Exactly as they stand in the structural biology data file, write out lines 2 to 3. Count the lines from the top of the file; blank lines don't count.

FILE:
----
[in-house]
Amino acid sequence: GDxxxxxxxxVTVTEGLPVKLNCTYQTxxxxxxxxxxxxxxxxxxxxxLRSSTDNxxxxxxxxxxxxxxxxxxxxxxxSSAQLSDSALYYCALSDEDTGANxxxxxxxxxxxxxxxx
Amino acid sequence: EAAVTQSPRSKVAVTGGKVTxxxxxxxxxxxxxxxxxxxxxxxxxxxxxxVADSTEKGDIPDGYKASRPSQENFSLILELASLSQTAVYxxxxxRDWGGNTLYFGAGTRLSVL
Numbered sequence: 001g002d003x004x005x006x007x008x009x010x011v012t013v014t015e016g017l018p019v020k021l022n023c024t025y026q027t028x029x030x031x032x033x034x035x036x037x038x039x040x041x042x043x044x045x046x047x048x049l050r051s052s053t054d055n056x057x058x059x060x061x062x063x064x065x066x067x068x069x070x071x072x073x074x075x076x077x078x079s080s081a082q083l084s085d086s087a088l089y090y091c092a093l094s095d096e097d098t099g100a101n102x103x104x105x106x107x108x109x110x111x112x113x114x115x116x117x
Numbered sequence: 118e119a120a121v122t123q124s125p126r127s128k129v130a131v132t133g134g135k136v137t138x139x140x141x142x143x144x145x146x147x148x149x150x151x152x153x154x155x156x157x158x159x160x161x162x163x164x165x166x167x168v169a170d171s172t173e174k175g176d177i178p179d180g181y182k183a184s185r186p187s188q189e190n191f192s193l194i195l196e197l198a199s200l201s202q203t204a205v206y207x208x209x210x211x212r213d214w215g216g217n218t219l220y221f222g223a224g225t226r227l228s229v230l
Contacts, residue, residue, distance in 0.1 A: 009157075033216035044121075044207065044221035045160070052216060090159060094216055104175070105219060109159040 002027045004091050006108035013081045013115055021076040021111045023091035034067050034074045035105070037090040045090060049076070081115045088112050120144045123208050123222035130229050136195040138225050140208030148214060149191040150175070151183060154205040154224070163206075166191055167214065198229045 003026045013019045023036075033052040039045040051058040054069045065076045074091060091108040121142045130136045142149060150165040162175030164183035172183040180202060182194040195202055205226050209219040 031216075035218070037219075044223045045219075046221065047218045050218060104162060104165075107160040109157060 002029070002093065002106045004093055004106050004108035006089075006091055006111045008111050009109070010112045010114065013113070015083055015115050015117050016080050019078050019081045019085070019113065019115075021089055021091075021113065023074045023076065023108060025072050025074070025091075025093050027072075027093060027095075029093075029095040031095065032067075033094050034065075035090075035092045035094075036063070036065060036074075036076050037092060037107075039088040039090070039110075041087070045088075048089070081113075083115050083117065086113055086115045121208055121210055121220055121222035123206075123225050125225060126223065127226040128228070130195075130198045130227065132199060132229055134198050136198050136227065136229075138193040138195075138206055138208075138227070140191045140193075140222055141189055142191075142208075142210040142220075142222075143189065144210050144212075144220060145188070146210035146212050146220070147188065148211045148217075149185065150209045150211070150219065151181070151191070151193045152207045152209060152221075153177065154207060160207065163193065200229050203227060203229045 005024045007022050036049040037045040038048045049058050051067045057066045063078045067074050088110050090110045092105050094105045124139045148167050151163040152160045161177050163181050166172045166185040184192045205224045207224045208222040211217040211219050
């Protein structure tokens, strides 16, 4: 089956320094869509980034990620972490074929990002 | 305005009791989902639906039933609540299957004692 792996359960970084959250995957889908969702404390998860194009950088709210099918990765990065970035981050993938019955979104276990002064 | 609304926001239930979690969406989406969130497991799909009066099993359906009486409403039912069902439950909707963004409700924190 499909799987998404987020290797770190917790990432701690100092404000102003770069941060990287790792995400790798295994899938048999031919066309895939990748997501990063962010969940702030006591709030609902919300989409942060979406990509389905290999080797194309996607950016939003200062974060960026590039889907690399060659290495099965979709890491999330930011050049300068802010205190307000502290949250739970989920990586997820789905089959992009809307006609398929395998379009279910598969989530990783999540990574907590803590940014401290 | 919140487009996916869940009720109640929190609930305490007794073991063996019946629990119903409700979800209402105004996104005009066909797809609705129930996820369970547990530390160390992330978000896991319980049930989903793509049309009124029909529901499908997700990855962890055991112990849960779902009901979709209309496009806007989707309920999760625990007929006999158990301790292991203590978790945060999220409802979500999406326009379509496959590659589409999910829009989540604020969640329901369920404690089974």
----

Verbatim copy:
Amino acid sequence: GDxxxxxxxxVTVTEGLPVKLNCTYQTxxxxxxxxxxxxxxxxxxxxxLRSSTDNxxxxxxxxxxxxxxxxxxxxxxxSSAQLSDSALYYCALSDEDTGANxxxxxxxxxxxxxxxx
Amino acid sequence: EAAVTQSPRSKVAVTGGKVTxxxxxxxxxxxxxxxxxxxxxxxxxxxxxxVADSTEKGDIPDGYKASRPSQENFSLILELASLSQTAVYxxxxxRDWGGNTLYFGAGTRLSVL